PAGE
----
During an Oct. 2 online forum, the head of CFIUS provided a series of updates and insights on topics ranging from joint ventures to international coordination. The session, hosted by the Center for Strategic and Institutional Studies, featured Thomas Feddo, Assistant Secretary for Investment Security at the U.S. Department of Treasury, and other legal experts.
Among Tom’s more interesting and useful comments:
Over the last year, Feddo said that CFIUS has been able to “improvise and adapt,” implementing FIRRMA in a timely fashion and meeting statutory deadlines; Feddo said “we rocked and rolled” to get it done.
Feddo noted that CFIUS has also done a good job managing its process and the filing of transactions, “juggling that chainsaw” with efficiency. He noted that the extra 15 days on the review period has been “effective in making sure that benign transactions or easy transactions … get their safe harbor before having to go into the investigation phase.”
Feddo stated that his team is watching “what kinds of filings are coming in, where there may be gaps, where there’s not enough clarity for the bar and external stakeholders,” and will adapt accordingly. He said CFIUS would “continue to use our authority under FIRRMA to fine tune the legislation and to respond to evolving threats and commercial transactions.”
A repeated theme throughout the entire one-hour webinar was non-notified transactions.
Nova Daly of Wiley Rein, who previously served as Deputy Assistant Secretary for the Investment Security and Policy at Treasury, noted that the “achilles heel” of the national-security regime is transactions that are not filed because they are voluntary, cause national security vulnerabilities, and get discovered later and cause a “blow up.”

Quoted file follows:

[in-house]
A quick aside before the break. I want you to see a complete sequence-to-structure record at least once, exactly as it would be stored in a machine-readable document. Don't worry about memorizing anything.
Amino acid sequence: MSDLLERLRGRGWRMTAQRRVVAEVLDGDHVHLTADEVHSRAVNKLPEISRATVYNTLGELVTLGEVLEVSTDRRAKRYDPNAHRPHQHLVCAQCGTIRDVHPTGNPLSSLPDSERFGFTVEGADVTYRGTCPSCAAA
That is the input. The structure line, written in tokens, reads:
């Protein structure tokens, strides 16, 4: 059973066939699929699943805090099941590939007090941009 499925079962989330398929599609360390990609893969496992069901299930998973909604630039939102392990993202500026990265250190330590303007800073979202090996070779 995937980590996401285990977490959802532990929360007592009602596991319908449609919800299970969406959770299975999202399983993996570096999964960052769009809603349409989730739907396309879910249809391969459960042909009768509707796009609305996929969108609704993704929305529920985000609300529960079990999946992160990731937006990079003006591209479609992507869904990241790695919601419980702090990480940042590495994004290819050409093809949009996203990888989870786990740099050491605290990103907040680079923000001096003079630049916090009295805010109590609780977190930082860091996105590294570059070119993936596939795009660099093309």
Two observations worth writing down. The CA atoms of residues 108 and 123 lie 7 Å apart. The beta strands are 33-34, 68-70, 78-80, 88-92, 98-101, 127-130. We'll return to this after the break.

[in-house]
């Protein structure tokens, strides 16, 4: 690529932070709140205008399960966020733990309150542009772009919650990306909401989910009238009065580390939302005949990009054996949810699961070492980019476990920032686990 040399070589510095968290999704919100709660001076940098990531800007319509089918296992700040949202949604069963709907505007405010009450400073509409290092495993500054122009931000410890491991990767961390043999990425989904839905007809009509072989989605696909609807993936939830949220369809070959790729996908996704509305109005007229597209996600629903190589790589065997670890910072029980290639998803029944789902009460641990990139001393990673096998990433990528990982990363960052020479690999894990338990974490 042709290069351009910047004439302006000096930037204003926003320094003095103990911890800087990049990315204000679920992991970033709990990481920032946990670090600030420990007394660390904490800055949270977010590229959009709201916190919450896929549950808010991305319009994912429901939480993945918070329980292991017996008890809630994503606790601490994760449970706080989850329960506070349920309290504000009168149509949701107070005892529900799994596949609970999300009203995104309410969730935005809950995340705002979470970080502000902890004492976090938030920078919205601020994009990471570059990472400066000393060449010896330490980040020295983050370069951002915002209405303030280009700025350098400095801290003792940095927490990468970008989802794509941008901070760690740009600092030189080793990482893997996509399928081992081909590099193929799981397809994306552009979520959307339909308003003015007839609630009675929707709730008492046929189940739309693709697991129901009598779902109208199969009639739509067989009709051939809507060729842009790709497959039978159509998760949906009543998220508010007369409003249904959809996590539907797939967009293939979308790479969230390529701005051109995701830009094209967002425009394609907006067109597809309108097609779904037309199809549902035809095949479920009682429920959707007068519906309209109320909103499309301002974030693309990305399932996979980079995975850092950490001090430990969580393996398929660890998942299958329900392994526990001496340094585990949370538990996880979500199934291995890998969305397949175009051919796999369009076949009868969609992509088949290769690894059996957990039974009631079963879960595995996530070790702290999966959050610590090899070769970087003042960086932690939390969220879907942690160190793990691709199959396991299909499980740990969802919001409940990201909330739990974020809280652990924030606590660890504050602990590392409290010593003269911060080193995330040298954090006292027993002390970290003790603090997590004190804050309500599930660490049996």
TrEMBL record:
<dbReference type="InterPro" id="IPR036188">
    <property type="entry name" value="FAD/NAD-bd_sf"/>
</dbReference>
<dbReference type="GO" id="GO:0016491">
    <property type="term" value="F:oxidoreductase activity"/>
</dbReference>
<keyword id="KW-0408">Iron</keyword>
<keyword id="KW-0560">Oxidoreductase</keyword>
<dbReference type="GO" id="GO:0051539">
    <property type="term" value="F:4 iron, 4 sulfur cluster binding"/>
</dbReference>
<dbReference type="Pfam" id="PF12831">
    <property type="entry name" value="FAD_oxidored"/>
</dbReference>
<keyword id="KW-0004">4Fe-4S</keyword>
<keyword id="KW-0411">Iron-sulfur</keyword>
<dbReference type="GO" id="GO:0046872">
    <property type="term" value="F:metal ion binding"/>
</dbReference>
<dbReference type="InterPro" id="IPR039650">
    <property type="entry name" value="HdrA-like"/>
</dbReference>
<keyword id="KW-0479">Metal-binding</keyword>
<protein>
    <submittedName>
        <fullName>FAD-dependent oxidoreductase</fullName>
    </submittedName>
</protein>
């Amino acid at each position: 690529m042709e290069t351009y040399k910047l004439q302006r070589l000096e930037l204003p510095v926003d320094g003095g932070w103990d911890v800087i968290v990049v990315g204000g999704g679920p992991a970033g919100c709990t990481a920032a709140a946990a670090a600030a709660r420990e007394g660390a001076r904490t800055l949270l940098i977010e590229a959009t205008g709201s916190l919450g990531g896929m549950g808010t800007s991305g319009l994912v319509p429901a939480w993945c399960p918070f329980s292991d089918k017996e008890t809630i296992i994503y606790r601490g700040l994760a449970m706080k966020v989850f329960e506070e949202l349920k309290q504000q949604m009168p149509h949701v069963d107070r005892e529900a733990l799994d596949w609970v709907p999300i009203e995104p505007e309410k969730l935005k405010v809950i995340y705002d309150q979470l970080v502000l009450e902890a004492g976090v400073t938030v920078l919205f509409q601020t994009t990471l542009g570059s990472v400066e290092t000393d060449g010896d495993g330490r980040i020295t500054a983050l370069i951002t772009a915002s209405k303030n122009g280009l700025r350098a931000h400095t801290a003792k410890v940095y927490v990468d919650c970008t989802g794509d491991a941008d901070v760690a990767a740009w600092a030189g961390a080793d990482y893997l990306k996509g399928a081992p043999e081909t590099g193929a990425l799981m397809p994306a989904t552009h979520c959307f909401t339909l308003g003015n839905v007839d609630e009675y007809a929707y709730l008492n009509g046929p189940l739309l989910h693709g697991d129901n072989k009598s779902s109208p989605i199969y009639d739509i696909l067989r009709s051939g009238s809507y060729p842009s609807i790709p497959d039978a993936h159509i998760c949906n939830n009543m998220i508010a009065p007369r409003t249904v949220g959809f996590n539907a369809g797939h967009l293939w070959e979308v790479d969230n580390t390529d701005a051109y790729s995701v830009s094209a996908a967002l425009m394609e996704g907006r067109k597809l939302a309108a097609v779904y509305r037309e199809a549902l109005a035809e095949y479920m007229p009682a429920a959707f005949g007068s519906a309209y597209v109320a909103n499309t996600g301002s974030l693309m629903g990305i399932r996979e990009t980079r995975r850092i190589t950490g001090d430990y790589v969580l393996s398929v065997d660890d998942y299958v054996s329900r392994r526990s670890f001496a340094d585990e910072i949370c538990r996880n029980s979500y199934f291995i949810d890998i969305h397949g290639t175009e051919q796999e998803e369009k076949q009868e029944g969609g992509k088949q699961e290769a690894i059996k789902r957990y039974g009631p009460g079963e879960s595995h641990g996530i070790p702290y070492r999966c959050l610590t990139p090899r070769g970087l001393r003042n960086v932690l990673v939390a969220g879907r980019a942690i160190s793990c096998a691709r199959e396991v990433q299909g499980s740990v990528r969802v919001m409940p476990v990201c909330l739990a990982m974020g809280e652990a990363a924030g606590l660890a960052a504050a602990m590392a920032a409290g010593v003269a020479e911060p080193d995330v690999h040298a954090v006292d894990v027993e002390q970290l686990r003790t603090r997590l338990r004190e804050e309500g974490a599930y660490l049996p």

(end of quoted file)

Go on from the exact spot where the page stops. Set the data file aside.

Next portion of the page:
Feddo acknowledged this was critical and an “important focus” of his work. He also stated that he had retooled the team at Treasury to build out an independent office focused on enforcement, non-notified work, and mitigation agreements. He also made clear that non-notified transactions are indeed getting scrutiny. “When we identify a transaction of concern [to national security] that hasn’t voluntarily filed, we’re doing to pull the string a take a closer look.”
Feddo stated he also has a new international relations office that over the last two years has had “300 or so engagements with about 60 different allies and partners” on investment screening for national security purposes. He said he’s done “a lot of work with the EU” and has conducted both benchmarking and information sharing with other countries. We noted back in May that much of CFIUS’ hiring seemed focused on international coordination.
While Feddo said he wasn’t going to “tip our hand” regarding scope or jurisdictional analysis, he did say that “not all joint ventures are outside the scope of the Committee, and in fact we do with some frequency look at joint ventures” involving U.S. businesses and foreign control. He added that, “Any transaction where we find control by a foreign person over a U.S. business, the technology doesn’t need to be on a Commerce control list or otherwise controlled in order for us to address any national security risks.”